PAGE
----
As I thought about and looked at various representations of the nativity, I thought about the Holy Family. In Scripture, hymns, poems, etc., Jesus has been called all three, love, hope and peace. But, if He has to share the titles with his "parents", I think of Him as hope, hope of the world. I've been teaching in catholic school this year, and they talk a lot about Mary. Mary's love is stressed, her love for and obedience to God to do the unspeakable. Poor Joseph, talk about obedience and trust, this guy is the prototype, but, when you look at most nativity scenes he looks peaceful. Isn't that someplace we all want to get to, peace in knowing we have done God's will and that He is faithful?
I wonder, when you think about love, what do you think about? Is it that amazing, electrifying flame that ignites and unites you and your beloved? Is it that unbreakable tether you've experienced in a parent and child relationship? Have you seen love on the smudged and bloody faces of those who serve their fellowman, no matter how great the danger? Do we dare to call it love when we see a homeless person share his morsel with his pet, or hear of an animal rescuing its master? What does love look like, sound like, feel like, smell like, taste like to you?
What brings you hope? Maybe it was growing up during the Great Depression, or enlisting before Pearl Harbor then serving for the duration, but Daddy was always reading or listening to the news. My only nonspiritual rebellion in life has been to refrain from attending to depressing news. This is what gives me hope: miles of headlights in my rear view mirror in early morning of folks just going to work. College marching bands in bitter cold, who've spent time, effort and money to perform for crowds, who may use the time to hit the restrooms or concessions, give me hope. Seeing a stranger give an older person a place in the line at Wal-Mart, or offer a hand to the young mother with her flock gives me hope. When you look around, what in our world gives you hope for tomorrow?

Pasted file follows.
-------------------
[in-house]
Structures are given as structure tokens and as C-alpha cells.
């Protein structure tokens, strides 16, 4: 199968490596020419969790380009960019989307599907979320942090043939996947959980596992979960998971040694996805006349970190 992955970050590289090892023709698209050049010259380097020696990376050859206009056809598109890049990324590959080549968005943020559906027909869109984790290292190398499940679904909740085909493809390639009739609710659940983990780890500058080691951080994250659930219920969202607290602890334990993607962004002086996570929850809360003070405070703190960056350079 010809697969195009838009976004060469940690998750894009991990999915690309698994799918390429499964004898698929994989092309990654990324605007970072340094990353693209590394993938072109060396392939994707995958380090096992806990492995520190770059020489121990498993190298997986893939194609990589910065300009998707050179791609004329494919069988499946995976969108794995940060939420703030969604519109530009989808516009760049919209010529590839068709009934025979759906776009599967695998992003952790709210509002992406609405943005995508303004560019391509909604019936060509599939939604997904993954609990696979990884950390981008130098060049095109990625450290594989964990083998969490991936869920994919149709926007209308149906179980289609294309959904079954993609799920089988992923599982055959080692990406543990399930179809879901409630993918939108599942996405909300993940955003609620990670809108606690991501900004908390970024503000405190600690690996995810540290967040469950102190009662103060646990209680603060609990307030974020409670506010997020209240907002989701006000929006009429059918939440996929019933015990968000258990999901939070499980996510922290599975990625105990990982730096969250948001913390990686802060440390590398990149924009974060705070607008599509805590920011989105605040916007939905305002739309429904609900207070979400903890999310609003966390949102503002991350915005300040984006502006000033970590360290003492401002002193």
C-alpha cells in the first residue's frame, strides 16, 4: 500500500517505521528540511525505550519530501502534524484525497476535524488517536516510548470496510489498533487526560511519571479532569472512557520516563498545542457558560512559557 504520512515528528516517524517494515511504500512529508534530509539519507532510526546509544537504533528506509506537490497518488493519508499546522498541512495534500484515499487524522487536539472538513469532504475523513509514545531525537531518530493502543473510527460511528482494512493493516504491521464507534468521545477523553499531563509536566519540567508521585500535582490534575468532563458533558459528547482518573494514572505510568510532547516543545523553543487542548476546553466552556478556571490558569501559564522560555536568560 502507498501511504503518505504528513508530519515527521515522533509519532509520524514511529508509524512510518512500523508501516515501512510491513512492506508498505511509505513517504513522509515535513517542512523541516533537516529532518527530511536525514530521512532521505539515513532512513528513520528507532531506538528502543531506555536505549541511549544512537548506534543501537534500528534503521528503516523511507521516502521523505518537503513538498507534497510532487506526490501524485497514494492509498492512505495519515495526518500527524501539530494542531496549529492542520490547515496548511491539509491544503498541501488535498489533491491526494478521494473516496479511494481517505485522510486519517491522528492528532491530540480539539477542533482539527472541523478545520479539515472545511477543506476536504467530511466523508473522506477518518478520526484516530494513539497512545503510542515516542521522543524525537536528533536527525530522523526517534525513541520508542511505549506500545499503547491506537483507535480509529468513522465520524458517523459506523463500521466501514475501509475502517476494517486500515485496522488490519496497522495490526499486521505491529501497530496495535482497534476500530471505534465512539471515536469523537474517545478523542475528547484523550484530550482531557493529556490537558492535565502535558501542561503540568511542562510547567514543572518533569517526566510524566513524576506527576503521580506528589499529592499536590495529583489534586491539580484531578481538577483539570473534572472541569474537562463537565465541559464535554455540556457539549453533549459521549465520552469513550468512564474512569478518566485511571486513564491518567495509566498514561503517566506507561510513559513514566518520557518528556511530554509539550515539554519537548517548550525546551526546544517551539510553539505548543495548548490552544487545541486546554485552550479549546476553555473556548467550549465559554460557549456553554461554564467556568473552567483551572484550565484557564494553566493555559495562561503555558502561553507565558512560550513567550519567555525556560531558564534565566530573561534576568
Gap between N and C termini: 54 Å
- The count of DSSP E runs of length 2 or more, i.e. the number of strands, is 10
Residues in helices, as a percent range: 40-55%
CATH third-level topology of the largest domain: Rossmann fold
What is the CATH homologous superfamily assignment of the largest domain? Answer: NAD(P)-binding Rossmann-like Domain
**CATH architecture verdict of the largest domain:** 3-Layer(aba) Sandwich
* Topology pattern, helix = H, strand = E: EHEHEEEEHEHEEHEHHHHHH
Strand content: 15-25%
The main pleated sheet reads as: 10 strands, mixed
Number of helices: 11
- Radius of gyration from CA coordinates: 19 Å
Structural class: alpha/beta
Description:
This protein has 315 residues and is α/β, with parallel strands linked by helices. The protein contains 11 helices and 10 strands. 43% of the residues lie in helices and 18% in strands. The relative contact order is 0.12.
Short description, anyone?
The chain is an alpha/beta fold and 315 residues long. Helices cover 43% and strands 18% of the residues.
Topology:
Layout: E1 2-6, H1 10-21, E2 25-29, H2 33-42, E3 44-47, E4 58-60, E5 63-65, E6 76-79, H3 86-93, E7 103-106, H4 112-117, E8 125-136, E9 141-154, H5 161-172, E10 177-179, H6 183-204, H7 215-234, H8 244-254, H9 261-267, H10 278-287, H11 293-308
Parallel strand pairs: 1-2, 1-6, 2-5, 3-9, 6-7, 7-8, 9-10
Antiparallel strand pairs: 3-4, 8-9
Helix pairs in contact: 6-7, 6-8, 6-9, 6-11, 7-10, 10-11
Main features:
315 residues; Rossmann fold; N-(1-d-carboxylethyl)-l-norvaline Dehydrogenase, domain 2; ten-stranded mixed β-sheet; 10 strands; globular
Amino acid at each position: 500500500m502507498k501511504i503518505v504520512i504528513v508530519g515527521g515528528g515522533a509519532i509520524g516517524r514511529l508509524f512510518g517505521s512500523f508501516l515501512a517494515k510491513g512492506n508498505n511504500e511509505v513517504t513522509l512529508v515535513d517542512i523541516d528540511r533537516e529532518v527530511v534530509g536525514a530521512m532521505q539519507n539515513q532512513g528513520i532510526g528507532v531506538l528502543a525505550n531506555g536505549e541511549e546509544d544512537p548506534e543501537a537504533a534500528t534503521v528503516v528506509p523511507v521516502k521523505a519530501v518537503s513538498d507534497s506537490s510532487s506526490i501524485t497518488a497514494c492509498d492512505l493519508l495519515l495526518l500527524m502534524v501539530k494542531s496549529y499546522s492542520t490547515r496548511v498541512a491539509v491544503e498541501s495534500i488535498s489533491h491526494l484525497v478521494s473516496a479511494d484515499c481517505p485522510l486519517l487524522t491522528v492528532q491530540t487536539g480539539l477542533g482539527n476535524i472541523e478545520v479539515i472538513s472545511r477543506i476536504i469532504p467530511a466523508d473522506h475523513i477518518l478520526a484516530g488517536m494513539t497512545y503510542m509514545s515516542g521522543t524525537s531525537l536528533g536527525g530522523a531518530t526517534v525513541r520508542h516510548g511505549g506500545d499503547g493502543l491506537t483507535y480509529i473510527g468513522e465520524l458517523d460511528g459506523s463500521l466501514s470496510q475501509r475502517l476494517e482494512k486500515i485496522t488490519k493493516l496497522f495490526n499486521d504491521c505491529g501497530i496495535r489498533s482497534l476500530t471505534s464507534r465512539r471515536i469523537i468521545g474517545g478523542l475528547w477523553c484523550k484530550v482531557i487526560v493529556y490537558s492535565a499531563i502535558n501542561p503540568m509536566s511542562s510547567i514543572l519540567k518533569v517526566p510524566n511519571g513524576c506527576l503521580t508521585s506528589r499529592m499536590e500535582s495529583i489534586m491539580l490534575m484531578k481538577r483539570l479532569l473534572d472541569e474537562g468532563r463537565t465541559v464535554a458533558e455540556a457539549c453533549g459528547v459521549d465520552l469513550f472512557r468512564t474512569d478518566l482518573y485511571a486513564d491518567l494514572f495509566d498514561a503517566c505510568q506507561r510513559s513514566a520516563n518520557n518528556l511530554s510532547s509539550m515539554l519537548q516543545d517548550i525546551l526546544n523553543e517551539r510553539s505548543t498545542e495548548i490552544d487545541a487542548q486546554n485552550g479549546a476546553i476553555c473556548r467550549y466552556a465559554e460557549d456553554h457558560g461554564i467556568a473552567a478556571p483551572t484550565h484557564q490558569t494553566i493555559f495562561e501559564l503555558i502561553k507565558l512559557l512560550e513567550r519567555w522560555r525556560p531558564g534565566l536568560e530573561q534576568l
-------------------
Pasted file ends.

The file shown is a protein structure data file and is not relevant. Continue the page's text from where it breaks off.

If you read my post, "Something to Hold in My Hands", you may recall that our first child died, and that our daughter, Mary, was born the week before Christmas. For several reasons, my pregnancy with Mary was stressful. When I think of peace, the first place I go is the first time I held Mary in my arms, and knew that she was safe and whole. Nothing can ever take that away from me. When I think of peace, I drag myself through the hospital doors of an ICU unit where Mama laid, hooked up to all kinds of machines. We were called back from a long-awaited trip so the doctors could "pull the plug". Walking in the door, it was easy to see how fretful Mama was. I wrapped my arm up and around her head, put my lips by her ear and whispered, "It's okay, Mama. If you want to go be with Daddy, we'll understand. If you want to stay with us for a while longer, that's okay, too." Mama immediately calmed down, and God's peace flowed through both of us. What battle have you come through to find peace on the other side?
Dear Friends, yesterday I wrote that I hope each of you will have a special time with those you love doing what you enjoy doing during the holidays. On the last post of the blogging challenge (yes, I lost a day somewhere), my greatest prayer for each of you is to experience hope, love and peace in new richer, deeper ways this holiday season. I pray that your lives are infused with all that Jesus came to live and die to give you.
Thank you for letting me share with you this month. Now I am asking you to share. With less than 24 hours left to fund the Kickstarter project to give books with a message of love, hope and forgiveness to kids who desperately need it, ONLY YOU can make this happen. Please prayfully click on the Kickstarter to make a pledge to reach out to "the least of these".
This sweet child of Jesus went to my home school district and was shot down just blocks from where I now serve. Please help get a message of hope to children like her before it's too late.